“Those in multisensory environments always do better than those in unisensory environments. They have more recall with better resolution that lasts longer, evident even 20 years later.”
- John Medina, author Brain Rules
in TECHTRENDS, ASSOCIATION FOR EDUCATIONAL COMMUNICATIONS & TECHNOLOGY 2017. PEGGY M. DELMAS UNIVERSITY OF SOUTH ALABAMA.
A sense of belonging to a learning community has been identified as one of the factors contributing to greater student satisfaction and persistence in online education pro-grams. Using the community of inquiry framework as a theoretical guide, the purpose of this study was to explore the role of VoiceThread, a web-based platform that facilitates cloud communication, in creating a sense of community for U.S. adult learners in the online environment. This study surveyed 39 students in a College of Education fully online master’s program and in a blended doctoral program regarding their experiences using VoiceThread in their courses. Results indicate that students perceive VoiceThread positively in the creation of online community. Students reported feeling more connected their classmates due to the tool’s ability to add voice to online activities. Students also felt more connected to their instructor due to VoiceThread’s ability to humanize, or make the instructor seem real.
in POWERPOINT PRESENTED AT THE 15TH ANNUAL TECHNOLOGY, COLLEGES, AND COMMUNITY WORLDWIDE ONLINE CONFERENCE. ETEC 690. (2010)
The development of technologies such as probeware requires training, not only in its use, but also in its integration into the curriculum. It is a common practice for schools to spend large portions of their budget on purchasing technology while neglecting to provide funding for the much-needed professional development. The availability of online professional development has provided in-service teachers opportunities to overcome traditional barriers of distance and time and allowed them to seek out and participate in much needed training. In recent years online instruction has incorporated the use of Web 2.0 tools to facilitate professional development for science teachers. While research on the use of Web 2.0 tools in professional development have been conducted, research on newer tools, such as VoiceThread, that can be used to deliver instruction is limited. In light of the increased use (purchase) of probeware in our schools the question of whether or not professional development can be effectively delivered through the use of VoiceThread has been the focus of this research.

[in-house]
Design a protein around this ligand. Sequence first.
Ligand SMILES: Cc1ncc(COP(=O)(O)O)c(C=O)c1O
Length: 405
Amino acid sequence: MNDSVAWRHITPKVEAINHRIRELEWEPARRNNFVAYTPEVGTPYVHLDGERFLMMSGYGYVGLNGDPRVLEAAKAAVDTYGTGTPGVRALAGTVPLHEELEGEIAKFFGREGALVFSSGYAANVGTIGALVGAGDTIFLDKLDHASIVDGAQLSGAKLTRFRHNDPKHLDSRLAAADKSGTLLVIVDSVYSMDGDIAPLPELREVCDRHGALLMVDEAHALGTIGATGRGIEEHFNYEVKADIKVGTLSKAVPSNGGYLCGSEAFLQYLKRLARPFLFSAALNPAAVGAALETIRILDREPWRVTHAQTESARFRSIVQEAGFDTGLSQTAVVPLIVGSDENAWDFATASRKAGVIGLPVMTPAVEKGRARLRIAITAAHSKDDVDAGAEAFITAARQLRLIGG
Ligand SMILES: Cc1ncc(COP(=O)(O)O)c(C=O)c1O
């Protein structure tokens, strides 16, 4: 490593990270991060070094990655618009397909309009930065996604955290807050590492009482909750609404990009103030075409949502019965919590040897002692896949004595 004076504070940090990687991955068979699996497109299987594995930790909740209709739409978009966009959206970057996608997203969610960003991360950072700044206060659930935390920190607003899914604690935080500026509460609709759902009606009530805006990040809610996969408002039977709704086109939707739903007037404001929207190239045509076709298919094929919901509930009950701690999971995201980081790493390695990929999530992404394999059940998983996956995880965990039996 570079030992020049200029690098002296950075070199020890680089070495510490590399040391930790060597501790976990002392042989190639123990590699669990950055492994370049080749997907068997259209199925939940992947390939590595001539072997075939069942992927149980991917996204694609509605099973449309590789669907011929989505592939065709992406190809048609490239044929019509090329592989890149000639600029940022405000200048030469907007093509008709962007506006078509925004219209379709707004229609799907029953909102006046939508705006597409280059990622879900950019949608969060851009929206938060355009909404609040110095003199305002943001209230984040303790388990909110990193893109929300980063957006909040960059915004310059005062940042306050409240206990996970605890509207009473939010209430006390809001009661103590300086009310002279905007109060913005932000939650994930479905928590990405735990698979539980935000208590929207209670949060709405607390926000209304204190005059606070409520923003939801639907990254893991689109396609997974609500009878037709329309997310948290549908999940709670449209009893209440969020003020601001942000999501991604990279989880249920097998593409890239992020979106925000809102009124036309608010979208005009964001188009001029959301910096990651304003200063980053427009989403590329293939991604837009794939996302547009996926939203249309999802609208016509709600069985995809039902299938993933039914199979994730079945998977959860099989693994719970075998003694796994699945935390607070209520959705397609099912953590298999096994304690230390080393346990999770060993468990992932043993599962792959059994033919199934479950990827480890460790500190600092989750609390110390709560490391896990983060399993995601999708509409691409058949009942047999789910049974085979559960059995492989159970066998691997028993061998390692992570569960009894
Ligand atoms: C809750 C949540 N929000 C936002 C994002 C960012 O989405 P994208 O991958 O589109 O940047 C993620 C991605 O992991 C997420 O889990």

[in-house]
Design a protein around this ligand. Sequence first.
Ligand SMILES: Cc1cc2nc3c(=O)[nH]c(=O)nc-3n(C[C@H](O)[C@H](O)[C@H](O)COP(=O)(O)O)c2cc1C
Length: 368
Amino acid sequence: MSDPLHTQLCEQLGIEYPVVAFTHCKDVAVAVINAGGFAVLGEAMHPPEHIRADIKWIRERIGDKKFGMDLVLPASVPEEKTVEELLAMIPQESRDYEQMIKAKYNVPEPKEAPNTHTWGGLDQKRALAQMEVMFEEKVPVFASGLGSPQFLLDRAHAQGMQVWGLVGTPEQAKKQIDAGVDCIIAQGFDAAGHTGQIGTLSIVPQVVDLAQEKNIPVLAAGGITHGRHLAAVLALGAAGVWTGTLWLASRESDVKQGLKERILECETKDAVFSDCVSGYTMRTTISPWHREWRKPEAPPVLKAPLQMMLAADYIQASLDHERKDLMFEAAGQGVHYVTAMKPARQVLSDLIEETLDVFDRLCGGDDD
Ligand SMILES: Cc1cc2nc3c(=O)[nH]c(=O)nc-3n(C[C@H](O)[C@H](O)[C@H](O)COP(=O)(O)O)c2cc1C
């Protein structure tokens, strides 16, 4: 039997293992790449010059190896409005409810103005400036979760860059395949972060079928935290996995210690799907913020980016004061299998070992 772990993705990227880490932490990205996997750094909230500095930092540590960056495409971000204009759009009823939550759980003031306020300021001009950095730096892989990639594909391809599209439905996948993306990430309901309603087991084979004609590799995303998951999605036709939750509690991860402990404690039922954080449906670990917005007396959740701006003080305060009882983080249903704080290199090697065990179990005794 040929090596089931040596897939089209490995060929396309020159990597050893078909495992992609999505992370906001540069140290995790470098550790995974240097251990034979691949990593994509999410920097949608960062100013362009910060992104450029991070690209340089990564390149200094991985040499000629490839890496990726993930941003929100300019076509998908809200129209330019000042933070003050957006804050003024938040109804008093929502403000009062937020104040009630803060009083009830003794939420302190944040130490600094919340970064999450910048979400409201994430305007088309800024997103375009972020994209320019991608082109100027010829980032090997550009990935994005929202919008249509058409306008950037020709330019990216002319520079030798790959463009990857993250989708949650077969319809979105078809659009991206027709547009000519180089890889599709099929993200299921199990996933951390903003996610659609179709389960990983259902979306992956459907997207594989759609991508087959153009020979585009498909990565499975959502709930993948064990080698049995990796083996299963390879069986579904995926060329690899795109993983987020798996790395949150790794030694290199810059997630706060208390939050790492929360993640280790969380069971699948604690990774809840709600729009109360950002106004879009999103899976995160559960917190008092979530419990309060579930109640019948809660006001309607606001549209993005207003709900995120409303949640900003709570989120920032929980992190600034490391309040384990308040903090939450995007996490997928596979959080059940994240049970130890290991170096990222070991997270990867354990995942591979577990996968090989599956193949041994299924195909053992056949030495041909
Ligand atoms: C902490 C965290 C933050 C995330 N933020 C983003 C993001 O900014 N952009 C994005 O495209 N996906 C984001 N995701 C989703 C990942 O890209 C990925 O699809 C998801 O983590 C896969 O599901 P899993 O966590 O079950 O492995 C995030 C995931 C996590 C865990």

in TS. ERIC NO. ED521286. UNPUBLISHED RESEARCH PAPER, NEW YORK INSTITUTE OF TECHNOLOGY. (2011)
This action research study was conducted on a fourth grade rural classroom in Orange County, N.Y. for the purpose of determining if the use of the VoiceThread program will affect student performance in mathematics writing. A baseline of student performance on this measure was administered in the fall of 2010 using the NYS Holistic rubric of a 3 point total value as provided from the NYS 2009 4th grade Math Test. Four questions on varying topics were pulled from the same test as the rubric mentioned here. In addition, a graphic organizer was utilized to support organization of student thoughts on the problem. A survey was administered to the students at the end of this study which demonstrated positive attitudes towards the use of graphic organizers and the VoiceThread Program to communicate in math. Other results of the data provide positive results with an increase in student performance. Implications from this study’s results should lead educators to try VoiceThread as a way to increase communication in mathematics and also to increase 21st century skills in their own classrooms. Recommendations for further studies in this area include; making the sample size larger, paying more attention to the type of question the participants work on and having the parties conducting the study someone different than the teacher of the participants. (Contains 2 tables, 1 figure, and an appendix.)
in TEACHING EXCEPTIONAL CHILDREN JAN/FEB 2014 HOWARD P. PARETTE, JR. AND CRAIG BLUM
Many challenges that preschool children with disabilities encounter in the curriculum can be addressed by identifying AT support as part of a child’s individual family service plan (IFSPs) or individualized education program (IEP). These solutions, however, are specific to the child and connected to specific goals and objectives, rather than connected to steps in planned classroom activities designed for typical peers (and to associated benchmarks and standards). Flexible participation is a way for teachers to incorporate unique AT solutions to help young children participate in steps of a planned, technology-supported preschool activity along with their typical peers. Because many preschool teachers are just beginning to understand UDL and to implement its principles into planned, technology-supported activities, using flexible participation should be viewed as a work in progress.